Abstract

The watercolor effect is a visual illusion that manifests itself as a combination of long-range color spreading and figure–ground organization. The current study uses behavioral and physiological measures to study the watercolor effect. We utilize a novel technique of measuring the cortical response of the illusion using the visual evoked potential (VEP). To this end, three experiments were done to investigate the contributions of luminance and hue to the magnitude of the illusion. Results of both VEP and behavior indicate a marked decrease in the S (yellow) direction in illusion magnitude compared to the +S (blue) illusion, even though these colors were previously matched for perceptual salience.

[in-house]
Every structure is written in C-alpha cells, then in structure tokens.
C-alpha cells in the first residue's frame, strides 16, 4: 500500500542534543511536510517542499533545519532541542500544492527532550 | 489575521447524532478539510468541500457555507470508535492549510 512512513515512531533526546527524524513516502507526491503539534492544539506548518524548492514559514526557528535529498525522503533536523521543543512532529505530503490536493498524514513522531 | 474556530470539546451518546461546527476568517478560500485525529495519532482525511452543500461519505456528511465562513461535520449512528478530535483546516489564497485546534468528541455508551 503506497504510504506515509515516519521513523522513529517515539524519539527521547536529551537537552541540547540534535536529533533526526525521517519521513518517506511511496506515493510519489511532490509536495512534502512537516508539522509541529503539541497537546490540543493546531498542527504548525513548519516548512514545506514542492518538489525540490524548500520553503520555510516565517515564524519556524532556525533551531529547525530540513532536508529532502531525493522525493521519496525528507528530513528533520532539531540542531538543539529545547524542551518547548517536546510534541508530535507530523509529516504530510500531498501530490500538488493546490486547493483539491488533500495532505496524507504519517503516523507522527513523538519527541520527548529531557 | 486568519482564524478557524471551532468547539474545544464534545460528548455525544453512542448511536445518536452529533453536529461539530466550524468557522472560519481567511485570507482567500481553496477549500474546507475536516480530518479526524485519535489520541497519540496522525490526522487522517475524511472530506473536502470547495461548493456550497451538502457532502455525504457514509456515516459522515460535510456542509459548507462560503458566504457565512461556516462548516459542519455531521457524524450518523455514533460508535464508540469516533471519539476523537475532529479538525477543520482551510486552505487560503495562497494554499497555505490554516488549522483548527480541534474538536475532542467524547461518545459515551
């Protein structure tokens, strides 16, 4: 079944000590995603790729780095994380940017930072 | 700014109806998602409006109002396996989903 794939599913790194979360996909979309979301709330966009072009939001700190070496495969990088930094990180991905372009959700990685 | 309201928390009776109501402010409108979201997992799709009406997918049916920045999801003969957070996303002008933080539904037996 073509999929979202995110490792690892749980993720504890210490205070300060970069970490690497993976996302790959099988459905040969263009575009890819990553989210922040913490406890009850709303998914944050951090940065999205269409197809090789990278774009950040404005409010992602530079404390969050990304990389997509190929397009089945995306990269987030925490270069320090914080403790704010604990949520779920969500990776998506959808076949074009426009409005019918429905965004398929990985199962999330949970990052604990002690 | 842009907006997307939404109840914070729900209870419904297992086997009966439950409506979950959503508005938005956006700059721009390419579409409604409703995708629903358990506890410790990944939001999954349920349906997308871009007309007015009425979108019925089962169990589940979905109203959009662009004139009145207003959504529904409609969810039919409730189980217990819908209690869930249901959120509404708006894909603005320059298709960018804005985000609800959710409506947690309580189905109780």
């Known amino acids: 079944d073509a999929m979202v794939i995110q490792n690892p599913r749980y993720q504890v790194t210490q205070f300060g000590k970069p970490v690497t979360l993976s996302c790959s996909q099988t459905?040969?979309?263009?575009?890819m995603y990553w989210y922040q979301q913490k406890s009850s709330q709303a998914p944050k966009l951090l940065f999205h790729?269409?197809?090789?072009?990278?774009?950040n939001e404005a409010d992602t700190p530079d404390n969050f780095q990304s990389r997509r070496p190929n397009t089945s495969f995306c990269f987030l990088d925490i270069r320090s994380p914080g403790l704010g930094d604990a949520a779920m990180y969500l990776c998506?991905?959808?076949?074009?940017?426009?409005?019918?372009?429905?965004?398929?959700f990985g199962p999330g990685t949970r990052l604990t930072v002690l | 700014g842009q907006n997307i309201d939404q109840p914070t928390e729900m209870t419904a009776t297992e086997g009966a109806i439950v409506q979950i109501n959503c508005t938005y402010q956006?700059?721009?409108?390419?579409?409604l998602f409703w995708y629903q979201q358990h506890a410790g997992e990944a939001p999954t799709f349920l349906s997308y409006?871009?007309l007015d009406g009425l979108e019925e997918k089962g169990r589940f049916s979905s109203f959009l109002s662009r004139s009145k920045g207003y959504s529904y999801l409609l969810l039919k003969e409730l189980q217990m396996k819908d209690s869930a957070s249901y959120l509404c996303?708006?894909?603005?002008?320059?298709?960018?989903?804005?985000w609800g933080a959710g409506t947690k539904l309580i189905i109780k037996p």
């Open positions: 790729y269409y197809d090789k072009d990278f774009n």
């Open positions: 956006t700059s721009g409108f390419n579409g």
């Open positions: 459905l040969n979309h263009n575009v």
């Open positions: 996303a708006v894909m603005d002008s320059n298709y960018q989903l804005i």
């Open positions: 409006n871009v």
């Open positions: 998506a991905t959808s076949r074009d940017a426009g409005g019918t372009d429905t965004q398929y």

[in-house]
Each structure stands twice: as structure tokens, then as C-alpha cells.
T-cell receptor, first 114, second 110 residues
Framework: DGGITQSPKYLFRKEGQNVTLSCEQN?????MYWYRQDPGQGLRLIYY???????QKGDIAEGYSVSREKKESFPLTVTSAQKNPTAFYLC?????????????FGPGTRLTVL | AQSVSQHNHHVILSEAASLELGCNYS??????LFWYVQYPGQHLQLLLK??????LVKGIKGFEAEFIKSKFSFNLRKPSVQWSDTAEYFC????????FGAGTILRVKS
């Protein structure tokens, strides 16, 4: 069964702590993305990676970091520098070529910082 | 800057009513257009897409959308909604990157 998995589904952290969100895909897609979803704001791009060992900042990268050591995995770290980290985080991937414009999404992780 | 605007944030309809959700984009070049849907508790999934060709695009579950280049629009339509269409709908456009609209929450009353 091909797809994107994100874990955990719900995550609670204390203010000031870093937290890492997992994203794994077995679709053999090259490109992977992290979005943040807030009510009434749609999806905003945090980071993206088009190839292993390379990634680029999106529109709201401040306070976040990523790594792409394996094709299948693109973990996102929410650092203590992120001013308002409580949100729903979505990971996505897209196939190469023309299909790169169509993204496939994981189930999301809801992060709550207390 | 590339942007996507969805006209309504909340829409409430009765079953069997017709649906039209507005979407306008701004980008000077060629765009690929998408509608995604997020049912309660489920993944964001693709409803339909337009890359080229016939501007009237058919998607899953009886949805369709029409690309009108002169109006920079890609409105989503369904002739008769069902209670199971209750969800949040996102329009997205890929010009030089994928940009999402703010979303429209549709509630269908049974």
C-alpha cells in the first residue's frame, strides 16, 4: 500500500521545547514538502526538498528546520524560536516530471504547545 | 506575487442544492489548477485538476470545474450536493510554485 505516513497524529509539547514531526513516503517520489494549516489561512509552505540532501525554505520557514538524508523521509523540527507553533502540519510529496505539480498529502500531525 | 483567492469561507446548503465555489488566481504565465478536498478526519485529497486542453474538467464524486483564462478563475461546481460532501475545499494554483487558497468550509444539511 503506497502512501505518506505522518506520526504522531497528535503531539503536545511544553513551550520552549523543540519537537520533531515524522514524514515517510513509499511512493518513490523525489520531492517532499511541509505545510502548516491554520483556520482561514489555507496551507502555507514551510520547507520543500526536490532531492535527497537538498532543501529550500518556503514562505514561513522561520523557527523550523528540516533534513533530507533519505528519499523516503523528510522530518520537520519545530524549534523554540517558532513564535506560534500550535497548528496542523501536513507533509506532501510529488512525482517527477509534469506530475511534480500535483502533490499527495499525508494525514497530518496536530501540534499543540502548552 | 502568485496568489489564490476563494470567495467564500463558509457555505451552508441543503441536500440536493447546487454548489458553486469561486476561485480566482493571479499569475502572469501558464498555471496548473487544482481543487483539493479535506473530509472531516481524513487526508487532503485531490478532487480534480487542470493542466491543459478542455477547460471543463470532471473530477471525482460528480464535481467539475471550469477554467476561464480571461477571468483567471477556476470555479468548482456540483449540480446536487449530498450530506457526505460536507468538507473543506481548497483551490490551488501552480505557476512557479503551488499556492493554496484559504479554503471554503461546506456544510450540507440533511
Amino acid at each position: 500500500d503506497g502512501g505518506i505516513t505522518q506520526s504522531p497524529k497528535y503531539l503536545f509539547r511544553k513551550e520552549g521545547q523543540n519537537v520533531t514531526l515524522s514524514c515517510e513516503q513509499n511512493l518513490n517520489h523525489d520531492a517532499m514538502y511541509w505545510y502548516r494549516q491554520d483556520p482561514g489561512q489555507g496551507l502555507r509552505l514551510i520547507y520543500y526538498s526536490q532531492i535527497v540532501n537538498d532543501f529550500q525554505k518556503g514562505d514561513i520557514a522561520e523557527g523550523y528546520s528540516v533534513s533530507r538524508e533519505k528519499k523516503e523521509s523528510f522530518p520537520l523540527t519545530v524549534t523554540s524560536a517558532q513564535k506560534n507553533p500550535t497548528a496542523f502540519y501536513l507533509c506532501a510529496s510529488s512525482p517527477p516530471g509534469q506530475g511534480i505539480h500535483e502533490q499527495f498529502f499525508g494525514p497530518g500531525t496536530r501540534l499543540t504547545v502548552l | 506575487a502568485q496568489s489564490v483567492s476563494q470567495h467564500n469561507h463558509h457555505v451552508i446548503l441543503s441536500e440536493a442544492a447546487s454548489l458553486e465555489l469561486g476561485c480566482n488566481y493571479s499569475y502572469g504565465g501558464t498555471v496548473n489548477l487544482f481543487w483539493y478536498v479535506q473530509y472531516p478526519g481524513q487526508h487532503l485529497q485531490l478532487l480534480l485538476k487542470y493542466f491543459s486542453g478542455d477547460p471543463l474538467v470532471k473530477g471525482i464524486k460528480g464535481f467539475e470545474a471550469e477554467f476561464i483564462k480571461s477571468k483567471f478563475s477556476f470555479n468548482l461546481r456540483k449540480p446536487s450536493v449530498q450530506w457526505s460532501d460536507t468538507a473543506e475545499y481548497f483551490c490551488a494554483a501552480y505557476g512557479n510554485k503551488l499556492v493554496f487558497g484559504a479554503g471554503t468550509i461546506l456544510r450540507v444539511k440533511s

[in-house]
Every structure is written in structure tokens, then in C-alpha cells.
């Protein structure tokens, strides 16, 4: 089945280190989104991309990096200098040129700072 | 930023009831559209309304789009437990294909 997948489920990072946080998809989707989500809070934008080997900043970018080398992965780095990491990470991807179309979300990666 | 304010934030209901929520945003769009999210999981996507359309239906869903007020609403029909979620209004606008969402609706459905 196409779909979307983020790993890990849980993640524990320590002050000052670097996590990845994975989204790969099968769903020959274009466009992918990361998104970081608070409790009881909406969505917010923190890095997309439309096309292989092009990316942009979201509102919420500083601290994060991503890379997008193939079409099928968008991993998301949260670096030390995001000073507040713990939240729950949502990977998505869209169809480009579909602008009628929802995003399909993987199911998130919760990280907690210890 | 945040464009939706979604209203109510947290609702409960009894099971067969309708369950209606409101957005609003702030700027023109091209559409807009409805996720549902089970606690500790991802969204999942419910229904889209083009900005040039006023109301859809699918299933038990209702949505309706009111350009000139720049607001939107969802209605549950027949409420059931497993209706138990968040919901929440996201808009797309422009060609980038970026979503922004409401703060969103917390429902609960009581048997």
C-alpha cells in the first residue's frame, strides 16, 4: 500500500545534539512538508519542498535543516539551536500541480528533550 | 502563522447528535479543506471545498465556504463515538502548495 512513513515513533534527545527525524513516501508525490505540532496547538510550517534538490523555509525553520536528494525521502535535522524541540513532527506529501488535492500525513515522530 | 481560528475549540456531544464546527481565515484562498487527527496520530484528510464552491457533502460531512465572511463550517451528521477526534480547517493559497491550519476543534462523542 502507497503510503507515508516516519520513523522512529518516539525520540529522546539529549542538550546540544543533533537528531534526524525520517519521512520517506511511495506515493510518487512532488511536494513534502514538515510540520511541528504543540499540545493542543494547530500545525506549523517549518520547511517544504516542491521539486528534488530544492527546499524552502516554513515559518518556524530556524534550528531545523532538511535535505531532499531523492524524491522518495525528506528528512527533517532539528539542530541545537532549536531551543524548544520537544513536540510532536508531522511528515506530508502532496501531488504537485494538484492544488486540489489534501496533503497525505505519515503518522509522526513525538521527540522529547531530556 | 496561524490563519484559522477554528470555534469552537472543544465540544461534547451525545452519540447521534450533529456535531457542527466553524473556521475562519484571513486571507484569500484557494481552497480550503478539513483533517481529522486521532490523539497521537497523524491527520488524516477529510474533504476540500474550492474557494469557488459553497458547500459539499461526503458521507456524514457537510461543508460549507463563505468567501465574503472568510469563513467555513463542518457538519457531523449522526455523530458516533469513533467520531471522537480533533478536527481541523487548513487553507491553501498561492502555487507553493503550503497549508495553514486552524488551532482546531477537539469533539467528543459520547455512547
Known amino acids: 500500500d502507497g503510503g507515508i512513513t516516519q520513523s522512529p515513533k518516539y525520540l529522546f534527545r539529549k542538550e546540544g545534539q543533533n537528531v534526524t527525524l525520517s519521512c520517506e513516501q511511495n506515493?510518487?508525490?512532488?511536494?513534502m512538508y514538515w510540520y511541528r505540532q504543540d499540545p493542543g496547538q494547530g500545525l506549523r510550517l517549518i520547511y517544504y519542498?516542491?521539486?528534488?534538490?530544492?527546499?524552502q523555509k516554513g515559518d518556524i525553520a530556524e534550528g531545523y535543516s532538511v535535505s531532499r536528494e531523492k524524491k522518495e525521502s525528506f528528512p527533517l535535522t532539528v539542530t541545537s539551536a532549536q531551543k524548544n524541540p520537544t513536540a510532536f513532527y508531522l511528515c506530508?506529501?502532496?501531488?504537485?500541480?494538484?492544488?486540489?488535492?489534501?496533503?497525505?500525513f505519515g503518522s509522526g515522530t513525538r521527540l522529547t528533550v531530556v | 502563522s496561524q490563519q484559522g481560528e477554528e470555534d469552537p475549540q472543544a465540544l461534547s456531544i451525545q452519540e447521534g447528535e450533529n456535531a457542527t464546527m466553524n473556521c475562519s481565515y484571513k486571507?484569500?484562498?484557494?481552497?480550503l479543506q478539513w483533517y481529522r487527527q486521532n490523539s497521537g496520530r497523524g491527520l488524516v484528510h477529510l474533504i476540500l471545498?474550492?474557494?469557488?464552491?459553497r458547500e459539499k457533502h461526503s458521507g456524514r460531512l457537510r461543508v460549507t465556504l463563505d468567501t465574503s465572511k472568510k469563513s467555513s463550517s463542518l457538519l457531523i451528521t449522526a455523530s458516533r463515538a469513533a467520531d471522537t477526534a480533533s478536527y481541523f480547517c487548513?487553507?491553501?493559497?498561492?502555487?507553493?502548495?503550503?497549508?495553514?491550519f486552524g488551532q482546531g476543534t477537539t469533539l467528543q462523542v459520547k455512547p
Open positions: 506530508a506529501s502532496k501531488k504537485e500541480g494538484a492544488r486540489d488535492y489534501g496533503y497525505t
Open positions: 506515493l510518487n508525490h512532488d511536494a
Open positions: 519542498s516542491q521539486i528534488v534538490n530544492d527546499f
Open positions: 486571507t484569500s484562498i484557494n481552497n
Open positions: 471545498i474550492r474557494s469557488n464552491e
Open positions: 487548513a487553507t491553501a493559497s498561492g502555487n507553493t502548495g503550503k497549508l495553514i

© 2013 Optical Society of America

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